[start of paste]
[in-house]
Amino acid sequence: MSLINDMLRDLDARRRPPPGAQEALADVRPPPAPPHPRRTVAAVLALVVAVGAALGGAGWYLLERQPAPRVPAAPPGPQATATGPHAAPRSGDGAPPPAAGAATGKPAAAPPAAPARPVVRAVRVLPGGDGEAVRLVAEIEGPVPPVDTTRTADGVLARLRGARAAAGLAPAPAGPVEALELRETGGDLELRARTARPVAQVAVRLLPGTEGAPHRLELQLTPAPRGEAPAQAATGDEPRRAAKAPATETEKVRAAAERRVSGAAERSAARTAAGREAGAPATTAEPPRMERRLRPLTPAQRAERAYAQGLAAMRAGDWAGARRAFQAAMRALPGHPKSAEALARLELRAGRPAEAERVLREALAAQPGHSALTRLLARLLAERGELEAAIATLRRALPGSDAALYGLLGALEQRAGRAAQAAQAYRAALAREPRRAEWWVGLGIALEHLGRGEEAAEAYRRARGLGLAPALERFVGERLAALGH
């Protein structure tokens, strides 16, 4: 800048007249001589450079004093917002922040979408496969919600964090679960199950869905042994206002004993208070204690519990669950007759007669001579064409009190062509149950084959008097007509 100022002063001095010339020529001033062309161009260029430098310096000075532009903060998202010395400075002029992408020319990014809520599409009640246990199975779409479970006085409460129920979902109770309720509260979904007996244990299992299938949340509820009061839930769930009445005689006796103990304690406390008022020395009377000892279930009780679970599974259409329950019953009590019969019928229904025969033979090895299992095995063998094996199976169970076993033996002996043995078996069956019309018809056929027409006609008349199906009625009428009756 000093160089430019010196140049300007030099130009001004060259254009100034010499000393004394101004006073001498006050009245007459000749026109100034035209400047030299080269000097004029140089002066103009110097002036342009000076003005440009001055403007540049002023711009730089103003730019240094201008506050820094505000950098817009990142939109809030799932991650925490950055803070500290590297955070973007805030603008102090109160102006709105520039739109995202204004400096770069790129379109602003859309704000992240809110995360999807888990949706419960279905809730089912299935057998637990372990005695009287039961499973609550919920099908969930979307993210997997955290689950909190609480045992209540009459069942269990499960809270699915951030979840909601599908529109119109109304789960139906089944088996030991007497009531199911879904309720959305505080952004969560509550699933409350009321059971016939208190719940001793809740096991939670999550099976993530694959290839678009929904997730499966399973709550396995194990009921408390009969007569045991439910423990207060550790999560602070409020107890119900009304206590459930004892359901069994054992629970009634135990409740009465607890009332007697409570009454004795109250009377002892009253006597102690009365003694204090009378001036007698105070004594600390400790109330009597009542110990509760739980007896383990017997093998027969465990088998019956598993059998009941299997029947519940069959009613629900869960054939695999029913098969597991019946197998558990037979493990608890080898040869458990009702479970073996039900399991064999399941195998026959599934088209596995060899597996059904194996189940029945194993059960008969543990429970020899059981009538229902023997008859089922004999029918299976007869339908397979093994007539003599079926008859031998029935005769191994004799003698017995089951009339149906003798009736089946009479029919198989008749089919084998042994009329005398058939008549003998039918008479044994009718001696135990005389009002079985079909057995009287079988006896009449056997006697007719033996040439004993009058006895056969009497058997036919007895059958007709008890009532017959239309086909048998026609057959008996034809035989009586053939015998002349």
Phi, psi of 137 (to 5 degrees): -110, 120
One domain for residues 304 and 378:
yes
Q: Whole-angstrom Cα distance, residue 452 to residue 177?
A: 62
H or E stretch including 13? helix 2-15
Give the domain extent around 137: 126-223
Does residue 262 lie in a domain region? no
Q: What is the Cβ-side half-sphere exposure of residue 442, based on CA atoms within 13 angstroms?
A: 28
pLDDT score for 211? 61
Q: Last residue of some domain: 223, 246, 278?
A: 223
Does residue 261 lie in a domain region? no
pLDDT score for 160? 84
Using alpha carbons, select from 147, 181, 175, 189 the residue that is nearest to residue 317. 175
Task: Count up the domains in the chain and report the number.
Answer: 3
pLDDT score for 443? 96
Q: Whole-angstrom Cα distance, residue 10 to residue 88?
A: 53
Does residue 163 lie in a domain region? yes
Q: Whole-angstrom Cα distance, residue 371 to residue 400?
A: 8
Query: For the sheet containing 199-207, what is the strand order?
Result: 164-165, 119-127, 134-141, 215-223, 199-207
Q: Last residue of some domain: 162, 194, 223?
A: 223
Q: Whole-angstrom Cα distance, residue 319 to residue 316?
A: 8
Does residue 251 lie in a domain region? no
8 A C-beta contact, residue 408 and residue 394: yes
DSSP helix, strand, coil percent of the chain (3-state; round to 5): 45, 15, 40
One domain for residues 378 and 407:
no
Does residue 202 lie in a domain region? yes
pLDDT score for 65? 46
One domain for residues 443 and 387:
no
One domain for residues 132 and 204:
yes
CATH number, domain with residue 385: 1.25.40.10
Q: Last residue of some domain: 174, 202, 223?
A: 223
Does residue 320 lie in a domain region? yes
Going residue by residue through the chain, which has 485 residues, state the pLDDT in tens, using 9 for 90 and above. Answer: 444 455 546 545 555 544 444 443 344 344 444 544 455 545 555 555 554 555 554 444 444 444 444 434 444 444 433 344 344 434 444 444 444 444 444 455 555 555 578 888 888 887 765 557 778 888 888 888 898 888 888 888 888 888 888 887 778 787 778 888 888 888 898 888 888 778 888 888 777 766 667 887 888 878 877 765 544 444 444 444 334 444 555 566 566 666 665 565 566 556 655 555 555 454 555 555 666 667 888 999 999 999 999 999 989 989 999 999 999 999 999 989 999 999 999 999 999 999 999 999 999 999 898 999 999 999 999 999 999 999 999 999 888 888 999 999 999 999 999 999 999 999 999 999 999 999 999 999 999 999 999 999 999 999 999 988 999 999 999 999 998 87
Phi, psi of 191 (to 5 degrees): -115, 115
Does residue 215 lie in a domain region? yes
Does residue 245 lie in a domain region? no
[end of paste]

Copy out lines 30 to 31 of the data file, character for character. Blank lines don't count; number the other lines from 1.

Q: Last residue of some domain: 162, 194, 223?
A: 223